Class act as Dewey finds the kids believe in him . . . and his beloved rock music

Jake Sharp is a disheveled, disorganised, dis pretty much everything except rock’n’roll Dewey, sorry, Mr Schneebly. He has some lovely comic touches and seems to have a genuine on-stage rapport with the kids, whenever they are all on stage it is just pure, infectious fun spreading through the audience.

Their music numbers, with You’re in the band and Stick it to the man recurring, are lively, or manic in Dewey’s case, taking the audience with them.

Matthew Roland is the timid real Ned Schneebly, a secret wannabe rocker with Dewey BUT only when his wife Patty Di Marco , played by Nadia Violet Johnson is out.

Her mouth is rather like a Gatling gun, spitting out orders, instruction and criticisms in a staccato rhythm as the list of commands slowly turn in her head – harridan with a capital H. She was even a catalyst of the unfolding disaster or delight, depending upon which side of the fence you were on, by demanding rent or eviction of Dewey

Back at the school we have Rebecca Lock, a seasoned West End musical theatre performer, as Rosalie Mullins. She is prim and proper, an uptight Principal trying to live up to the sky-high expectations of the demanding and paying parents, except, she has a sort of rock chick secret, half a pint and she is away with Stevie Nicks.

Her night out with Dewey ends with the power ballad Where did the rock go which she made into a real show stopper; the performance of the night.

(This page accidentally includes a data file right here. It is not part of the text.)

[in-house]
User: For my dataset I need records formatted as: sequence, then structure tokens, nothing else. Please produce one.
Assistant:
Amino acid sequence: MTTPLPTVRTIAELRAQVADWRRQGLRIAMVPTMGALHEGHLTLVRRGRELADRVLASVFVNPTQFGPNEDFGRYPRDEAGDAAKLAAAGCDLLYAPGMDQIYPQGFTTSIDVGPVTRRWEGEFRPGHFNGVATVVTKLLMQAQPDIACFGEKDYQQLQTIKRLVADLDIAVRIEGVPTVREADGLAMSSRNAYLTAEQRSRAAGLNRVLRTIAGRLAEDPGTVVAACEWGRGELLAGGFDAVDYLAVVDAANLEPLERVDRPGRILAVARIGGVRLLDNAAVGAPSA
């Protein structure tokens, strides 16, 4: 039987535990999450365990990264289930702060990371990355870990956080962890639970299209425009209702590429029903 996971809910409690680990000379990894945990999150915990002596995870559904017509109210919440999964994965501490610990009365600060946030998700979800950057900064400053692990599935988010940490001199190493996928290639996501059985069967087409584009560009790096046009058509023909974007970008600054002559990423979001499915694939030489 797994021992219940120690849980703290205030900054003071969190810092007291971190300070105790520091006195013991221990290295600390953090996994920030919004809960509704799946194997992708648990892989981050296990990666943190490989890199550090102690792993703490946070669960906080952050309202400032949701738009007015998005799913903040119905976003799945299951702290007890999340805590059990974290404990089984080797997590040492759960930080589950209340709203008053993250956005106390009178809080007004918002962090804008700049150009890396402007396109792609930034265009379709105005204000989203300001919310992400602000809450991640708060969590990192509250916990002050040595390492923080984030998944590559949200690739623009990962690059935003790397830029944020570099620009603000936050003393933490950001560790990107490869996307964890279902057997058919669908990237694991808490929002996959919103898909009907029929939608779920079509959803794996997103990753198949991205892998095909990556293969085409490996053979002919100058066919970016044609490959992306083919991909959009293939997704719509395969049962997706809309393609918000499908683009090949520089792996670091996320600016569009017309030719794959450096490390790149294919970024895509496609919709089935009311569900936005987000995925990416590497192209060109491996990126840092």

There is good support from the staff members trying to maintain the ethos of the school, a real education word there for you, as everything leads up to the Battle of the Bands. This sees Dewey’s old band, No Vacancy, and his new band, School of Rock, in a head to head, with the kids winning over the audience and turning the angry parents into their biggest fans. Did they win the battle? Well, the parents had to buy a ticket to find out so, so should you. 

It is a feel-good musical, with plenty of laughs, and a sort of message that kids need more than the ambitions of their parents and being forced like rhubarb in a posh school – they actually need parents, real parents, who listen to them, understand them and not only care but ask about their children’s dreams, hopes and ambitions.

 In short they just want to be heard. As for winning? They did what Dewey set out to do and as he tells them real rock stars never win anything . . . which strangely is true. Queen, The Kinks, Guns N’Roses, Hendrix, Janis Joplin, Journey, Patti Smith, The Ramones, The Grateful Dead, Chuck Berry, The Who and even The Beach Boys, along with a whole host of other top names, have never won a competitive Grammy between them. It is almost a badge of honour not to win!

An entertaining evening is complemented and completed by a slick set from Anna Louizos and lighting from Natasha Katz to pick out dramatic and poignant moments and when the kids are having a rest there is a pretty good band of big kids under musical director Michael Riley, to fill in.

The show is based on the 2003 movie starring Jack Black, with music by Andrew Lloyd Webber and a book by Julian Fellowes proving he can do anarchy as well as he does aristocracy. The school will be rocking to 25-09-21.

Roger Clarke


A new term starts at the Alexandra Theatre 31 January-5 February 2022